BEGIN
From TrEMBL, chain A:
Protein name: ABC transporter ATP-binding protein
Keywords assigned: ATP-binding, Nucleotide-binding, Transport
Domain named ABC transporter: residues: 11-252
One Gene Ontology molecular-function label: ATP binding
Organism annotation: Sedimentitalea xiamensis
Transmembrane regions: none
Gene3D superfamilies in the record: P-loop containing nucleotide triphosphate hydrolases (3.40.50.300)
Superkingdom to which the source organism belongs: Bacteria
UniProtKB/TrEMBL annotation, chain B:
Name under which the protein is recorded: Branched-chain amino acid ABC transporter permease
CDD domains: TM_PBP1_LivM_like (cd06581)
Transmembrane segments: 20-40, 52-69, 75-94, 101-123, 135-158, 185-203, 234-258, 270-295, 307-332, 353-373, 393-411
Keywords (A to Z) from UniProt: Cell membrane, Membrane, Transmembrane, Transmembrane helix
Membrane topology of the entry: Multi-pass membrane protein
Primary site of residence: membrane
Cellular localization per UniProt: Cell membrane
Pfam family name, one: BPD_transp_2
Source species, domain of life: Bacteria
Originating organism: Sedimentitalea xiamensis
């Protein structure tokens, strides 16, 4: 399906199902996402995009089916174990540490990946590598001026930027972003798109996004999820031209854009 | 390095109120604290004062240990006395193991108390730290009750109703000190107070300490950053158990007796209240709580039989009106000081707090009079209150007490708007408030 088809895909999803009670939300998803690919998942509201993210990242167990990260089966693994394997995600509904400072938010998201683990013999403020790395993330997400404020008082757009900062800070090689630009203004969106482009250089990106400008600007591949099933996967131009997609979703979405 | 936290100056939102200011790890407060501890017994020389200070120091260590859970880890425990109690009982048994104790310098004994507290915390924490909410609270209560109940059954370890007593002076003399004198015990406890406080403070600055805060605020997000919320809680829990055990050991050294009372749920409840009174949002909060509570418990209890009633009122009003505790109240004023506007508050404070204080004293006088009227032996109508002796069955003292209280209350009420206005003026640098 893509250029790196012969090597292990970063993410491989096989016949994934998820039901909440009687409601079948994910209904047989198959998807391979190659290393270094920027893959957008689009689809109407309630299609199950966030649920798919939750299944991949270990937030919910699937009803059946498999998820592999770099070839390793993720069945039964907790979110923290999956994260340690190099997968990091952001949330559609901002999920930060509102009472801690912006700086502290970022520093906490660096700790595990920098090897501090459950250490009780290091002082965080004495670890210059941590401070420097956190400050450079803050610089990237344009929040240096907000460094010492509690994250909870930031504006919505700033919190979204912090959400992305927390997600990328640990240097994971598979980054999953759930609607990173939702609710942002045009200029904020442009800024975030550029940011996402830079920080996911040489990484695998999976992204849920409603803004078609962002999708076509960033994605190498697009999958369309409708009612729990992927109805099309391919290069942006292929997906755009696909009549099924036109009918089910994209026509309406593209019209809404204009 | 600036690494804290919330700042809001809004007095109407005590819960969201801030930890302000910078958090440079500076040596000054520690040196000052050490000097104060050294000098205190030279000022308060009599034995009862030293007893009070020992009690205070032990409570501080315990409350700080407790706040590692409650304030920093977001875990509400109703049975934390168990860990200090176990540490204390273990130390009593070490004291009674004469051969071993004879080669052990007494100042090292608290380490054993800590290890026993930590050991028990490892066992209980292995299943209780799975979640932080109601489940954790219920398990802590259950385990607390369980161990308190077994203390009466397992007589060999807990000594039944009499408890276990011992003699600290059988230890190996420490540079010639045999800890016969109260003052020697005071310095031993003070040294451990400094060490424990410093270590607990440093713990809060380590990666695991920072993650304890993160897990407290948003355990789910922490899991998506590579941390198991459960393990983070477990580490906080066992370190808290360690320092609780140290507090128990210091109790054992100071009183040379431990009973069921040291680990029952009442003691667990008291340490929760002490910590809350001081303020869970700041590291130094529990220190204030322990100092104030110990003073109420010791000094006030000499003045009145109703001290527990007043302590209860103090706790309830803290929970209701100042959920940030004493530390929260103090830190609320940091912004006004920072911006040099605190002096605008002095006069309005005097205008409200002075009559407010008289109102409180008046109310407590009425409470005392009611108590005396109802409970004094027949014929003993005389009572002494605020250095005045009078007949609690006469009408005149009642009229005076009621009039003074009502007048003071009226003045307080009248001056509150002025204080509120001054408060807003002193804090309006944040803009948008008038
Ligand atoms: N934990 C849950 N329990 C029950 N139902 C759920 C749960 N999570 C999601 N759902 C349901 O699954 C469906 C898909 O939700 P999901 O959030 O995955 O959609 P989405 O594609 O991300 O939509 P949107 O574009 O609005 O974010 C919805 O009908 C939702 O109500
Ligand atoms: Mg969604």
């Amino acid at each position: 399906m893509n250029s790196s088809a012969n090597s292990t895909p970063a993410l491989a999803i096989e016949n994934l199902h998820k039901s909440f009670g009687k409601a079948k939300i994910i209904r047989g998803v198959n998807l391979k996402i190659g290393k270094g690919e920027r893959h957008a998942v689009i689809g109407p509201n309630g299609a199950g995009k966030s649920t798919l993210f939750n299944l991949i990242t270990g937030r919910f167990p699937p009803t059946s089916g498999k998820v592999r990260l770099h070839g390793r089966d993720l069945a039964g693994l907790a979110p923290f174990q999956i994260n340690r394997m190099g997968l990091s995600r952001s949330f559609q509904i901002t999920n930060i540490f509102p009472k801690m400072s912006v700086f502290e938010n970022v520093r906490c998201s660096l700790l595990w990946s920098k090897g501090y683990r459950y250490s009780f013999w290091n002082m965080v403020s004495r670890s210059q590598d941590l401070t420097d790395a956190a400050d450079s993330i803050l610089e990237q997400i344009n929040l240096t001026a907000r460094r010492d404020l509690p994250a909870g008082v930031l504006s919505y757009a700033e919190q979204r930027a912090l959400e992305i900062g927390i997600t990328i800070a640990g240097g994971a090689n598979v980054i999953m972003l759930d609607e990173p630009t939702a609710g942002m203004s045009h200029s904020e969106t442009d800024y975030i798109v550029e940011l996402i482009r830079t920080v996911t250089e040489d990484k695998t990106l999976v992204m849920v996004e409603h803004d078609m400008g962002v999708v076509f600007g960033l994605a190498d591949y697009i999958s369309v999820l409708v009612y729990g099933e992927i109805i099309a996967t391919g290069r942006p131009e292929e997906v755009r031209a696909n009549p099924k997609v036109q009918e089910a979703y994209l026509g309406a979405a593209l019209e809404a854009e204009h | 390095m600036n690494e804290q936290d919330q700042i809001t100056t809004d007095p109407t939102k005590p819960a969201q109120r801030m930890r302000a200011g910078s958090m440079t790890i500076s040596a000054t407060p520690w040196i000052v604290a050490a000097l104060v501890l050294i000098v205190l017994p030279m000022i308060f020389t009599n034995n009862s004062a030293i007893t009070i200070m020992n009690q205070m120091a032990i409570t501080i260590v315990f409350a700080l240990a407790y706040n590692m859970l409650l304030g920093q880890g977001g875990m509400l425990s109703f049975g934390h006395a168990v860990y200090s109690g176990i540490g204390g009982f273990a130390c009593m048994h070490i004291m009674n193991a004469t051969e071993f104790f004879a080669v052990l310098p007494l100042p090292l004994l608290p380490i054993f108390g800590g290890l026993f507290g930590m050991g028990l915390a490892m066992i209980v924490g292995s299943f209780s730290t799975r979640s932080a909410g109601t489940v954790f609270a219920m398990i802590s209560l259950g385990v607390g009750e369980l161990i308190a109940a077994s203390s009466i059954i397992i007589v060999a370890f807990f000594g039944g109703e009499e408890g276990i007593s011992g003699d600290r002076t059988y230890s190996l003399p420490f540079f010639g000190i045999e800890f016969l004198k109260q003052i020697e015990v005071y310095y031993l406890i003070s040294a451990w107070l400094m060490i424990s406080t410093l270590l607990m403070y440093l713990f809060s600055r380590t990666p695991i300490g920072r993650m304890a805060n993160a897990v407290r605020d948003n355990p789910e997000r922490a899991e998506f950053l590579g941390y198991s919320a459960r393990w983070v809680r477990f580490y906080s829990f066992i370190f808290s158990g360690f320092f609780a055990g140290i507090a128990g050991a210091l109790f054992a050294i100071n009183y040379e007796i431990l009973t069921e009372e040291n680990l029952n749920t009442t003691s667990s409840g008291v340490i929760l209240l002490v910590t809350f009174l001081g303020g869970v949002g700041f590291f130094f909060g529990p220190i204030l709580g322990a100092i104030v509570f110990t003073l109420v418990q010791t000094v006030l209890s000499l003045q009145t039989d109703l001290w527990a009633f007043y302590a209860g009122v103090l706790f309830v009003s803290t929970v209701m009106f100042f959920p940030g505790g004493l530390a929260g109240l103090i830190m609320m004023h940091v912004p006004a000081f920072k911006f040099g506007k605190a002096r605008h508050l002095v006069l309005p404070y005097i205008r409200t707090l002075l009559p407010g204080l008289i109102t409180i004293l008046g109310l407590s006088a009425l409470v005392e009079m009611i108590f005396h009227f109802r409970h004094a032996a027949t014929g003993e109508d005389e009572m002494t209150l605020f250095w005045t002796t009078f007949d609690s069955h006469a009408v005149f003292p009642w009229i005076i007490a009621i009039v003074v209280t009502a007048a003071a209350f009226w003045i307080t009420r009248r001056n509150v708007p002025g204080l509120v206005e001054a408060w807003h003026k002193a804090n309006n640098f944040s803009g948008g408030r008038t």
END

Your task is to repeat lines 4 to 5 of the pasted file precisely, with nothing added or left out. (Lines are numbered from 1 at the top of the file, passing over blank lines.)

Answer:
Domain named ABC transporter: residues: 11-252
One Gene Ontology molecular-function label: ATP binding